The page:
Onslow Infant School aims to provide a high-quality history education, which will enable children to develop a coherent knowledge and understanding of the history of Onslow Village, the United Kingdom and the wider world. The children’s historical journey throughout EYFS and Key Stage 1 will be stimulating and enjoyable, ensuring that they develop a genuine love for the subject. Through an engaging curriculum, we aim to inspire children’s curiosities about the past. Our aim is to fulfil the requirements of the national curriculum with effective, enquiry based teaching, which will equip the children with historical skills and knowledge, and enable them to ask questions and think critically about answers. EYFS aim for all children to achieve the ‘Understanding the World’ Past and Present early learning goal by the end of the academic year.
The above curriculum intent is embedded within our history curriculum. Starting with the relevant history part of the early learning goal and the subject content outlined in the National Curriculum Programme of Study for Key Stage 1, we have developed a curriculum map that ensures coverage and progression across the key stages.
In the foundation stage our youngest children embark on understanding the past and present by thinking about their own personal history. This provides them with the opportunity to discuss changes in their own lives and the lives of others, thus setting the foundations of chronology. This stimulates children with a curiosity to learn about lives of others beyond living memory.
As the children progress into Key Stage 1, the foundations developed in the early years are built upon, primarily through topic based learning. Through this, the children can engage and become fully immersed in the topic, making it easier to remember what is being taught and thus embed key learning, knowledge and skills. Our local environment is studied in Key Stage 1, and this gives children an understanding of their own locality. We provide children with the opportunity to develop an understanding of how past events have influenced life today. The children learn about events which are significant nationally and globally and how the achievements of individuals have had a significant impact on people in the past and present day. We ask questions about changes that have happened in our lifetime and through a series of enquiry based, and engaging lessons, and field trips, our children develop a true love for learning about history. Each history lesson will begin by revisiting and consolidating previous learning, ensuring a firm foundation upon which to build. To encourage historical enquiry, we often pose a question to investigate or a problem to solve. The children must then use their history skills and knowledge to investigate solutions or answers.
It is our aim to ensure learning is accessible to all. With skillful guidance, modelling, clear explanations, and scaffolding of tasks the children become successful, happy historians. Where appropriate, activities are adapted to suit different abilities, learning needs and styles.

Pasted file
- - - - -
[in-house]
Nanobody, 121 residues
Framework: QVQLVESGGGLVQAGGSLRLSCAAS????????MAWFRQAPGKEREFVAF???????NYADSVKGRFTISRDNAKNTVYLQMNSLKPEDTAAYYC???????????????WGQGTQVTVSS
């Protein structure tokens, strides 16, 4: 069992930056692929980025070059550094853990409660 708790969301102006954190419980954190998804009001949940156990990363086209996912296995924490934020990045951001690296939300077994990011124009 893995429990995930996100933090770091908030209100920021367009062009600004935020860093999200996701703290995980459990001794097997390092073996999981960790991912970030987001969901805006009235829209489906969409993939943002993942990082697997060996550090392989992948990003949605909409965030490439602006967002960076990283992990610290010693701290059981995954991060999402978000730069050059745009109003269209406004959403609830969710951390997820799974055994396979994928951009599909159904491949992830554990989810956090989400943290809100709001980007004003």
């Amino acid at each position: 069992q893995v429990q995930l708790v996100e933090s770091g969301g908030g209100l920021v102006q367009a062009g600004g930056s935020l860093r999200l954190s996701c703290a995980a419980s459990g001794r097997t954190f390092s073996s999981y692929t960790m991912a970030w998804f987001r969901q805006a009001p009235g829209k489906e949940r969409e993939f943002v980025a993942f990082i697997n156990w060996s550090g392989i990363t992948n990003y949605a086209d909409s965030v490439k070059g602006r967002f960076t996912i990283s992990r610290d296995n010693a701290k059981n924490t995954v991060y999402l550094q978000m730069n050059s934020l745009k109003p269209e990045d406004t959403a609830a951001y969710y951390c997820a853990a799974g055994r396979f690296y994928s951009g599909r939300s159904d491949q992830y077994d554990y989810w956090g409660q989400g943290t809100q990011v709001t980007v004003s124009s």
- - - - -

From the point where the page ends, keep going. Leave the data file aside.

Each year group has a dedicated outdoor space and carefully thought out history activities linked to the weekly learning objectives are available outside during the day. Children experience history activities within the classroom, school grounds, the local environment and school visits further afield.
We use a variety of ways to find out what the children know. At the start of each lesson the subject title is discussed, e.g. “Now we are learning history, what is this?” and prior learning is recapped and assessed to ascertain what the children know and remember from previous sessions. We randomly select children, but also target individuals to answer questions and make observations during the session and ask the children to explain their thinking. We make links to previous topics/skills covered to assess if the children have remembered previous learning and if they understand how these are relevant to current learning. We also collect photographic evidence using Tapestry where we can also link evidence to curriculum strands and key skills.
For Early Years, we consider the intended learning taken from the Early Years Foundation Stage Curriculum and assess if children are working at or below the expected level. For KS1, the same applies in line with the National Curriculum for history. This information is shared with teachers during yearly handover meetings to ensure gaps in learning are addressed.
Monitoring in history includes lesson observations and/or learning walks, pupil voice interviews/questionnaires in order to ascertain correct curriculum coverage, the quality of teaching and learning as well as the children's attitudes to learning in history. This information is then used to inform further curriculum developments and provision is adapted accordingly.